Another way to deal with problematic suppliers is to structure your procurement in a “flexible format” such as a negotiated RFP. In a negotiated RFP, the procurement decision is not based solely on the written submissions from the bidders. Instead, you short-list suppliers with the most favourable responses to your RFP. You then negotiate with one or all of those suppliers to find the one that gives your municipality the best value-for-money, and terminate negotiations with those that don’t. Using such an approach still allows a shoddy supplier to submit a bid, but also allows you to negotiate the imposition of strict performance standards, additional oversight, or penalties for poor performance.
Dealing with shoddy suppliers can expose municipalities to unnecessary legal liability. Indeed, if your municipality is not careful, it can wind up spending a good deal of time and money in dealing with legal actions from such suppliers. This risk, however, can be managed by carefully developing procurement, evaluation, and notification processes that address deficiencies and treat all suppliers, good and bad, fairly. If your municipality plans to develop these processes as part of its overall procurement strategy and carefully applies them to all its procurements, you can manage not only those shoddy suppliers you know about now, but also those you just haven’t yet met.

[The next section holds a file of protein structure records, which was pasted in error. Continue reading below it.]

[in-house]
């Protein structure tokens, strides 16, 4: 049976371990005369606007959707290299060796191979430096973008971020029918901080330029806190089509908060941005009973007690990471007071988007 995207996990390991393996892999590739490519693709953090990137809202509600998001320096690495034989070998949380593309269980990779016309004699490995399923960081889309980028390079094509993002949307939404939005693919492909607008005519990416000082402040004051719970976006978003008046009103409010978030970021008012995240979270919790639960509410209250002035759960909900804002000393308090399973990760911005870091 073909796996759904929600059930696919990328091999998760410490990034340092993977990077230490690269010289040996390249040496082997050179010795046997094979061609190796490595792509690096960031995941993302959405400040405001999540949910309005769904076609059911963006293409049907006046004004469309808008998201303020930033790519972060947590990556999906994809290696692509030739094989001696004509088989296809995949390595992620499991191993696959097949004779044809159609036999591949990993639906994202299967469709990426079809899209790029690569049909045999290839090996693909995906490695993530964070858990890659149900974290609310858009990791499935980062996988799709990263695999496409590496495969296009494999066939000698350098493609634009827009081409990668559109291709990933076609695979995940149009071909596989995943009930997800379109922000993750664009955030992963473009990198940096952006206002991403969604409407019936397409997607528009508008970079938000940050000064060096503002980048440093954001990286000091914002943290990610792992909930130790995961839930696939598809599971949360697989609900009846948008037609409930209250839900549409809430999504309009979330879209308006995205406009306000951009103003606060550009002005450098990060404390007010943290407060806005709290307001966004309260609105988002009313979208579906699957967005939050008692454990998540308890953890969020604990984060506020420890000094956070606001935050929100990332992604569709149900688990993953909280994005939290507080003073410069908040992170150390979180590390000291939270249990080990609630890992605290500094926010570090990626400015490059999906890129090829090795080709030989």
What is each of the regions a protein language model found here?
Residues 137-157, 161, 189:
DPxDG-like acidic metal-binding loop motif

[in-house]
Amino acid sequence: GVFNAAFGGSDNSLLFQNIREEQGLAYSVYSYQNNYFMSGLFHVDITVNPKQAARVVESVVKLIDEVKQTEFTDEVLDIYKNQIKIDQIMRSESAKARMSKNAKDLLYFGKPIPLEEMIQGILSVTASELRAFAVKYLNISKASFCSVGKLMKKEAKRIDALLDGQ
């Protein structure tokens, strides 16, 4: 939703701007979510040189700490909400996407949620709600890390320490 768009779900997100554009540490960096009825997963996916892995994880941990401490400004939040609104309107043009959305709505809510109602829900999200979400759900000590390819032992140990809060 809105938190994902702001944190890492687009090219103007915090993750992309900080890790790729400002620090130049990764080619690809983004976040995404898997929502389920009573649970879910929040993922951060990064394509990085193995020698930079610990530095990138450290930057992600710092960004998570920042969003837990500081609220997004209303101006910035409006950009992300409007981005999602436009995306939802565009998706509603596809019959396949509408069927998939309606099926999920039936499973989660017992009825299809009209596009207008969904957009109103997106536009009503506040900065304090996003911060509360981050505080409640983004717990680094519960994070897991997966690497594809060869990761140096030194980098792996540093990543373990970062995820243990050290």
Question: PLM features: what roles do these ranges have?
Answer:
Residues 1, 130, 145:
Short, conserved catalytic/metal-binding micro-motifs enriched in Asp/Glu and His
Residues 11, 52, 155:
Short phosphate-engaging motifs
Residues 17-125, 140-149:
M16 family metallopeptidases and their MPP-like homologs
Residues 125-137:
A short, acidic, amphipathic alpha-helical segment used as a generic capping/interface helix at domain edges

Micheal Letourneau is a lawyer with Sorbara, Schumacher, McCann LLP, one of the largest and most respected regional law firms in Ontario.
* * This article is intended only to inform and educate. It is not legal advice. Be sure to contact a lawyer to obtain legal advice on any specific matter.